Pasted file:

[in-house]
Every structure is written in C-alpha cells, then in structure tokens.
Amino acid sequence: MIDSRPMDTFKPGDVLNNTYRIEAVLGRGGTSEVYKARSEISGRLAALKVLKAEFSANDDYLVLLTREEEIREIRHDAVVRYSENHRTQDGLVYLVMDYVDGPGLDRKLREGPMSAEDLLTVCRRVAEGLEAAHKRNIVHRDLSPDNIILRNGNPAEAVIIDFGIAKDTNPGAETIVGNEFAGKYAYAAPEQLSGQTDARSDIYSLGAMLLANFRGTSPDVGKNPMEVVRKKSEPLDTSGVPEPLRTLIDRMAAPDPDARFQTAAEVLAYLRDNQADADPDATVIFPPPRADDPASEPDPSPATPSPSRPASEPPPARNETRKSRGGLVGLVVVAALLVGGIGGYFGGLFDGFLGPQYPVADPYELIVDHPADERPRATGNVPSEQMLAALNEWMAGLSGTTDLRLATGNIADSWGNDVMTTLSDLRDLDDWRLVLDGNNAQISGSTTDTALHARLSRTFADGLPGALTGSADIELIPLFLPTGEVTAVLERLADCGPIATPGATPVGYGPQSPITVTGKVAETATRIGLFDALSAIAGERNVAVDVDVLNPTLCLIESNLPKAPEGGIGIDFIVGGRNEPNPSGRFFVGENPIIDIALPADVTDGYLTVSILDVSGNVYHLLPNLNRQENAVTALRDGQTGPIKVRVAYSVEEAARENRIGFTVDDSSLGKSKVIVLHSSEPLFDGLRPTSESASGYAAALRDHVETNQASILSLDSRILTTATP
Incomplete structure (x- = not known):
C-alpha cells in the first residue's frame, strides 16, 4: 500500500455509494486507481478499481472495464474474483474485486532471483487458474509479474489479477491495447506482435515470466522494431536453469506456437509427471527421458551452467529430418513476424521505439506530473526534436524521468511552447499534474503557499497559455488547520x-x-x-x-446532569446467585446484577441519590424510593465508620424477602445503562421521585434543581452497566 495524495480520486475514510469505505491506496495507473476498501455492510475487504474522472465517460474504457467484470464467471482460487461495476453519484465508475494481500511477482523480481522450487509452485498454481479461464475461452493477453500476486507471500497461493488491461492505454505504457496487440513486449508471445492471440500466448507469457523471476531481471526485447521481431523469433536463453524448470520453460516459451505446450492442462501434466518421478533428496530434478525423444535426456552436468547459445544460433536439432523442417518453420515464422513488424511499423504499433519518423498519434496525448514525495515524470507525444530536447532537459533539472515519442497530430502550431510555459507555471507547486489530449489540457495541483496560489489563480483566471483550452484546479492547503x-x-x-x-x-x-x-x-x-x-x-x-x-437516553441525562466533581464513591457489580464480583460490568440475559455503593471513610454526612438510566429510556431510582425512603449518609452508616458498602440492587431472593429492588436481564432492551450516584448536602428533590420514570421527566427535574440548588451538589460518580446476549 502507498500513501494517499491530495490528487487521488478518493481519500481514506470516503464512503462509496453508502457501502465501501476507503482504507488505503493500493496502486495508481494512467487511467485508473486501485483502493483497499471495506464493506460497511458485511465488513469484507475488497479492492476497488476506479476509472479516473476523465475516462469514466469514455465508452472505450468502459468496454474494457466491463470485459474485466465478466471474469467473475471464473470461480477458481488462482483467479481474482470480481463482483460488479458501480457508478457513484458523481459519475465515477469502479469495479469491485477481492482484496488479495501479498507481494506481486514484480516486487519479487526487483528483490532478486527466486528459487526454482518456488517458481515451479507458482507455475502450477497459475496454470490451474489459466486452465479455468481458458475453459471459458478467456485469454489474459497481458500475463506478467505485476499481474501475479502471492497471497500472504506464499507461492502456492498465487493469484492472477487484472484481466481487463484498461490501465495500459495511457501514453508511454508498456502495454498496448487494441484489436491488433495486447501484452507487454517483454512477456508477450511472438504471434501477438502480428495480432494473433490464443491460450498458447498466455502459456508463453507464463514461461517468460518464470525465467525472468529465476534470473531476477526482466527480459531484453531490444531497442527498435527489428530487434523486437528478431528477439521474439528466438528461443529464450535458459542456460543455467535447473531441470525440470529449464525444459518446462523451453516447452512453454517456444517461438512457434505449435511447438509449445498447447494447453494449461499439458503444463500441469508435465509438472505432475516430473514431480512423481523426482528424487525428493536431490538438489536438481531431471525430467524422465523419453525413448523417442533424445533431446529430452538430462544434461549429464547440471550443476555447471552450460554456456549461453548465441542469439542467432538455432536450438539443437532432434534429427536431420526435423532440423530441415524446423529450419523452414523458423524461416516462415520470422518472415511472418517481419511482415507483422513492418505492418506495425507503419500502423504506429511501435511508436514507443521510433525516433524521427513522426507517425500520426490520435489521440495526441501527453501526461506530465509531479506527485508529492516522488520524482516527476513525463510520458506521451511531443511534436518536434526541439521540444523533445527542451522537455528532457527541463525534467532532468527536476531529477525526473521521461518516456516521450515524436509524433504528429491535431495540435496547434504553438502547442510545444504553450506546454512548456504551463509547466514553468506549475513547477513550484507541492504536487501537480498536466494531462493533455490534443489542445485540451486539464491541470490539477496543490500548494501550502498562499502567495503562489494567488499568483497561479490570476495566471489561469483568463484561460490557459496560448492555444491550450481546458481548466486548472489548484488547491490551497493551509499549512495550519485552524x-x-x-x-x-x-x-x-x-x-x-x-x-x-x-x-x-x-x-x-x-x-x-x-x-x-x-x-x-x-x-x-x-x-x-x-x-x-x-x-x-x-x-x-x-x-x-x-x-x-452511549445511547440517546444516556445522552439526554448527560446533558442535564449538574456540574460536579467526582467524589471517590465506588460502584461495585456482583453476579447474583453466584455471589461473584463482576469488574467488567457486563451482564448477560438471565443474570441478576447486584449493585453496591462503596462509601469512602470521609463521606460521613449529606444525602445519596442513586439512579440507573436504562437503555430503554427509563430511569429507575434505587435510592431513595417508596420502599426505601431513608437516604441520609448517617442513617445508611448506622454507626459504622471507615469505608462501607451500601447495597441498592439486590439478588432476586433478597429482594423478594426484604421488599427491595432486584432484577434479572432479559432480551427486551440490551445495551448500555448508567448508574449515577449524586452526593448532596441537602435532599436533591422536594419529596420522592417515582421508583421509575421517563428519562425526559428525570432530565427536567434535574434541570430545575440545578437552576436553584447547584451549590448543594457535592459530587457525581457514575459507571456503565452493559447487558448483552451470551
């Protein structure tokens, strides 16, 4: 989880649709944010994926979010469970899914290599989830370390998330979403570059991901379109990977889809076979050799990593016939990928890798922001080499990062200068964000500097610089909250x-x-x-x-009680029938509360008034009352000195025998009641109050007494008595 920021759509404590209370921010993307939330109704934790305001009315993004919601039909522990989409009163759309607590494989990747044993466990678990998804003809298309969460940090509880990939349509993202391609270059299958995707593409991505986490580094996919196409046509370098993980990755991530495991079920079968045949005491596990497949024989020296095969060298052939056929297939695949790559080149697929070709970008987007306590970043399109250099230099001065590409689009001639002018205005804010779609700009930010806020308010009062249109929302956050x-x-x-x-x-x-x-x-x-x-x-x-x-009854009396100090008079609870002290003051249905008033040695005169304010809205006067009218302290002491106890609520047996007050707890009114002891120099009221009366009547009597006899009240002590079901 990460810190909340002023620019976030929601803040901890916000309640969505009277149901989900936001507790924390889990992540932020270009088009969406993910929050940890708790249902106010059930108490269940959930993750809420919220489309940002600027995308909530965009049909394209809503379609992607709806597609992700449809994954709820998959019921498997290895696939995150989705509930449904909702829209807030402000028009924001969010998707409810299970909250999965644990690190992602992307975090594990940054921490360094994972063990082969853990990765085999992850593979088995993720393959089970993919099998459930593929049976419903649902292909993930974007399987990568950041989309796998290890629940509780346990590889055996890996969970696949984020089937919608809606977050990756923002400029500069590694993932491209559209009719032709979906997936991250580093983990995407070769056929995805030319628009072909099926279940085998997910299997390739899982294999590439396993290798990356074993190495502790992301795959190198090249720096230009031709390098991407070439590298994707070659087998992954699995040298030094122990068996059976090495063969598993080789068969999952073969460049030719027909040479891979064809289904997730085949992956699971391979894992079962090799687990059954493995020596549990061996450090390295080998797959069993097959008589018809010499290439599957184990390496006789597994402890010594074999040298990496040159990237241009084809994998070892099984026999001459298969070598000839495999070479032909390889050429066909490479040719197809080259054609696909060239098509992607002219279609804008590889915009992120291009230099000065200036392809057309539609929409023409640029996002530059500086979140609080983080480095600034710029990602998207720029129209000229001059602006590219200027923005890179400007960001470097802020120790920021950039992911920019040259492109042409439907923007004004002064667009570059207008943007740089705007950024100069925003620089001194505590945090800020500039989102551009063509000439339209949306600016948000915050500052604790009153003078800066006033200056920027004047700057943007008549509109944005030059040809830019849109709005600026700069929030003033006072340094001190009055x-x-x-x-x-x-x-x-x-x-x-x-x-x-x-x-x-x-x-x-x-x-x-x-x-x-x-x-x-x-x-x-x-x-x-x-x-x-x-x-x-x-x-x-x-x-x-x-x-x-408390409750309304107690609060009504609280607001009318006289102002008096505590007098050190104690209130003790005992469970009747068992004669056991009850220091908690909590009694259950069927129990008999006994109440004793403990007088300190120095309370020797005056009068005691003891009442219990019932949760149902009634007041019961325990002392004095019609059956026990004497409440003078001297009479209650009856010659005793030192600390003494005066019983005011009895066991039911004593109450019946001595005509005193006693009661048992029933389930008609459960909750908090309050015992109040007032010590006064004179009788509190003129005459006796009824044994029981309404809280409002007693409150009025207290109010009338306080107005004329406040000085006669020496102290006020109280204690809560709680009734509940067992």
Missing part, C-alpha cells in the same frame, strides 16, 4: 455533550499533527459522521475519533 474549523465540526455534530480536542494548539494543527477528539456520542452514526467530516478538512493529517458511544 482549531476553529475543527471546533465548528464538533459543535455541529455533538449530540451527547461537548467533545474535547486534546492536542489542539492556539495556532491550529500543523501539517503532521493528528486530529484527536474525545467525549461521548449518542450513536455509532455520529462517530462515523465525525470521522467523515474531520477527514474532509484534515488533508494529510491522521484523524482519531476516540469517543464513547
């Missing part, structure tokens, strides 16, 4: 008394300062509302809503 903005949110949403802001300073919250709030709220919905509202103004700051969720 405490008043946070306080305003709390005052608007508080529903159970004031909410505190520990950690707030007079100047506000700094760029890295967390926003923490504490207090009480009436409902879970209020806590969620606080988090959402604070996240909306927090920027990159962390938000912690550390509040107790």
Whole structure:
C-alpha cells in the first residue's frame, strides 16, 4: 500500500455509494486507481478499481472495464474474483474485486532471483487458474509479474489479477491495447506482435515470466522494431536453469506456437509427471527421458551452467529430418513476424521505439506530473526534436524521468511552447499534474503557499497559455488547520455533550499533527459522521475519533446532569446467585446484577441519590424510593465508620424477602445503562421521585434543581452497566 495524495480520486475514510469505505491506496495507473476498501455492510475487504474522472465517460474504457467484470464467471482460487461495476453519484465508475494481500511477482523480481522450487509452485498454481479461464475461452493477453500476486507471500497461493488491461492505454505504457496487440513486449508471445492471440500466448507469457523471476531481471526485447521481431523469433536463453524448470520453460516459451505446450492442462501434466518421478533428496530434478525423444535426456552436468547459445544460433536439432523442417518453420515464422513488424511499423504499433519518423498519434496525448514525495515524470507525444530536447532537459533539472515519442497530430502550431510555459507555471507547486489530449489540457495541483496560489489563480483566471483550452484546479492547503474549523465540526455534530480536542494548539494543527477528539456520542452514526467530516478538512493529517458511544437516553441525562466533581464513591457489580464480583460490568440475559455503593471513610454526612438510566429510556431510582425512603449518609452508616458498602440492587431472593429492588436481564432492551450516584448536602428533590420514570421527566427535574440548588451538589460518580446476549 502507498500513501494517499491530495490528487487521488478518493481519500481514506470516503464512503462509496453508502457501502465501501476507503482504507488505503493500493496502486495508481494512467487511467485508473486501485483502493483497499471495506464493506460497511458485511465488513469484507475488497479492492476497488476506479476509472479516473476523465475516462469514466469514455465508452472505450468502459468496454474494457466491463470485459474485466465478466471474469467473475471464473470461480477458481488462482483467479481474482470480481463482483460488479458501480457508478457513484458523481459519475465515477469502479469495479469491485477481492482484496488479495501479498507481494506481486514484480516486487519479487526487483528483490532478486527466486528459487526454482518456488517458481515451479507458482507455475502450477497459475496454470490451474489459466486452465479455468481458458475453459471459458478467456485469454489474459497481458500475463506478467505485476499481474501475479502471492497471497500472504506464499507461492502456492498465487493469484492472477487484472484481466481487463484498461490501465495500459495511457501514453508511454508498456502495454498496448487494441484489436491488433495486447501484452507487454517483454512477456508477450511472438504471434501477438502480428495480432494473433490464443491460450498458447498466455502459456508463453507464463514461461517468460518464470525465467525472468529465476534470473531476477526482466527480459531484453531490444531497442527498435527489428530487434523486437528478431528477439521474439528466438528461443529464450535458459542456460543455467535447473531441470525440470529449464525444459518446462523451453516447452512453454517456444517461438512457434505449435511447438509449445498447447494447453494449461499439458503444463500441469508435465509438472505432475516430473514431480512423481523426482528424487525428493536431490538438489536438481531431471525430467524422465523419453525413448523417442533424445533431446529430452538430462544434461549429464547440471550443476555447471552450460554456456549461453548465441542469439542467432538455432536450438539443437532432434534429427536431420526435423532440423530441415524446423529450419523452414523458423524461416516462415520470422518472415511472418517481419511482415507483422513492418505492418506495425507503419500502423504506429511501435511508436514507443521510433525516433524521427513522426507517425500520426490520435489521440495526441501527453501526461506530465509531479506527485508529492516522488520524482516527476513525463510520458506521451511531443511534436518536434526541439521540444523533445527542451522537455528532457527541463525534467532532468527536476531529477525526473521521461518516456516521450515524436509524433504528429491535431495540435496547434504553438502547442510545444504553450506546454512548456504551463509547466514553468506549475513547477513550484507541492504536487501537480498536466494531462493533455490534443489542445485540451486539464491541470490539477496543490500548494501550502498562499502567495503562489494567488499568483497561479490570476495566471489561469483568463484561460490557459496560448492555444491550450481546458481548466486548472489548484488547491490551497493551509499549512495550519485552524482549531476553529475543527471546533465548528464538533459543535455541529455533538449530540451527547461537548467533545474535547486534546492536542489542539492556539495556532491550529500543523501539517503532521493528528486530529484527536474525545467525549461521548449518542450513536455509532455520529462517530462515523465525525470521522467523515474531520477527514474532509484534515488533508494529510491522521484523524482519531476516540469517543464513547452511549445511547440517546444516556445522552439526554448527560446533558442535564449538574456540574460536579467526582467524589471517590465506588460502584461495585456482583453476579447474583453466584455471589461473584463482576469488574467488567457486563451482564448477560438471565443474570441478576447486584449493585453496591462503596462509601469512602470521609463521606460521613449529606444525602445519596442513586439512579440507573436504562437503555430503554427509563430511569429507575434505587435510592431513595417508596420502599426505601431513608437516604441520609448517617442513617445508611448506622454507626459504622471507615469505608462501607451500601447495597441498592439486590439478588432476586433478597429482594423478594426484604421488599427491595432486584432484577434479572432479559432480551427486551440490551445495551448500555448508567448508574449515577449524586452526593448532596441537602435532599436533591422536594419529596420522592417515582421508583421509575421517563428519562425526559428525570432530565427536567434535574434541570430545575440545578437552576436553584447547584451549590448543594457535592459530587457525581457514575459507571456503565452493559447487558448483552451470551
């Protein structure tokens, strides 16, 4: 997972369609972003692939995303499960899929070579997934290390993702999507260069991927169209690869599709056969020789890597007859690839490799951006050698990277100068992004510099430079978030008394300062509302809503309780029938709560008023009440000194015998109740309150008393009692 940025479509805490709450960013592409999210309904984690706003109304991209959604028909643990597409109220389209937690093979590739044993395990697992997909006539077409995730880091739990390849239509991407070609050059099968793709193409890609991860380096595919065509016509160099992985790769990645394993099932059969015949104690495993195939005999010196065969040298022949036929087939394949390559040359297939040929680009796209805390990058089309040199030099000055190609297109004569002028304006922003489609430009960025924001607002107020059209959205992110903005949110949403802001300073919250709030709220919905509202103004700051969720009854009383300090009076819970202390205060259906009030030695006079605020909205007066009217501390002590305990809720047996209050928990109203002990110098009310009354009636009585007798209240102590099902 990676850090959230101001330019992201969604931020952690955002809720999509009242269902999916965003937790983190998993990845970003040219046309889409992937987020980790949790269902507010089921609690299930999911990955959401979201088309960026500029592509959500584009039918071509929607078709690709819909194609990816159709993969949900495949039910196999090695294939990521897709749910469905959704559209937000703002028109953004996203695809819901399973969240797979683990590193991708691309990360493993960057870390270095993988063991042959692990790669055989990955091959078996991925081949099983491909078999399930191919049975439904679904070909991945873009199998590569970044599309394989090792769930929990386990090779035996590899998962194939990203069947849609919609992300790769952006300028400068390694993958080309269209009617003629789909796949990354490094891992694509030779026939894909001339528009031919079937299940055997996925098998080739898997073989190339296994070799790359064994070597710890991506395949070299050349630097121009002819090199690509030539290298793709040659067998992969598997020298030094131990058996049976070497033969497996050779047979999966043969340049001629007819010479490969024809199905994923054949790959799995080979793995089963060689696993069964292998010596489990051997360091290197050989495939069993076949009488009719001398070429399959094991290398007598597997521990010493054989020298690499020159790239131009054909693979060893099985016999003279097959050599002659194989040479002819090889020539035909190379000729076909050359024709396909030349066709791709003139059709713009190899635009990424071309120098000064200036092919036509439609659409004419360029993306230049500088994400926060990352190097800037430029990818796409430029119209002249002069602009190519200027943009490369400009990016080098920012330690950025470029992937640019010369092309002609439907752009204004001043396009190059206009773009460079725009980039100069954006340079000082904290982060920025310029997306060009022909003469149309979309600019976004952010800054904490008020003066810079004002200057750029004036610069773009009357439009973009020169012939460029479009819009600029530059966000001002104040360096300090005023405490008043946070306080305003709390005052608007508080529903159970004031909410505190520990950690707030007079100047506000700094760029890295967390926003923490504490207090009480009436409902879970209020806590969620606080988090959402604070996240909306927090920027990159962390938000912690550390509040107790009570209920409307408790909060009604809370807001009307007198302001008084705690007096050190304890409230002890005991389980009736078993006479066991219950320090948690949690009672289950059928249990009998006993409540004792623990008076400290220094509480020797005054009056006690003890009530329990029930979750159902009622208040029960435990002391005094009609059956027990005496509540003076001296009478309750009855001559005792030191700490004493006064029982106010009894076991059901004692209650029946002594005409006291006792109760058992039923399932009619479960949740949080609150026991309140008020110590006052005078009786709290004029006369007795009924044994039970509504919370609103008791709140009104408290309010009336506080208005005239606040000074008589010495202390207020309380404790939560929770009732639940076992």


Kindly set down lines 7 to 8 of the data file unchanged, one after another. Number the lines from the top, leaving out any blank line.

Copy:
Missing part, C-alpha cells in the same frame, strides 16, 4: 455533550499533527459522521475519533 474549523465540526455534530480536542494548539494543527477528539456520542452514526467530516478538512493529517458511544 482549531476553529475543527471546533465548528464538533459543535455541529455533538449530540451527547461537548467533545474535547486534546492536542489542539492556539495556532491550529500543523501539517503532521493528528486530529484527536474525545467525549461521548449518542450513536455509532455520529462517530462515523465525525470521522467523515474531520477527514474532509484534515488533508494529510491522521484523524482519531476516540469517543464513547
């Missing part, structure tokens, strides 16, 4: 008394300062509302809503 903005949110949403802001300073919250709030709220919905509202103004700051969720 405490008043946070306080305003709390005052608007508080529903159970004031909410505190520990950690707030007079100047506000700094760029890295967390926003923490504490207090009480009436409902879970209020806590969620606080988090959402604070996240909306927090920027990159962390938000912690550390509040107790």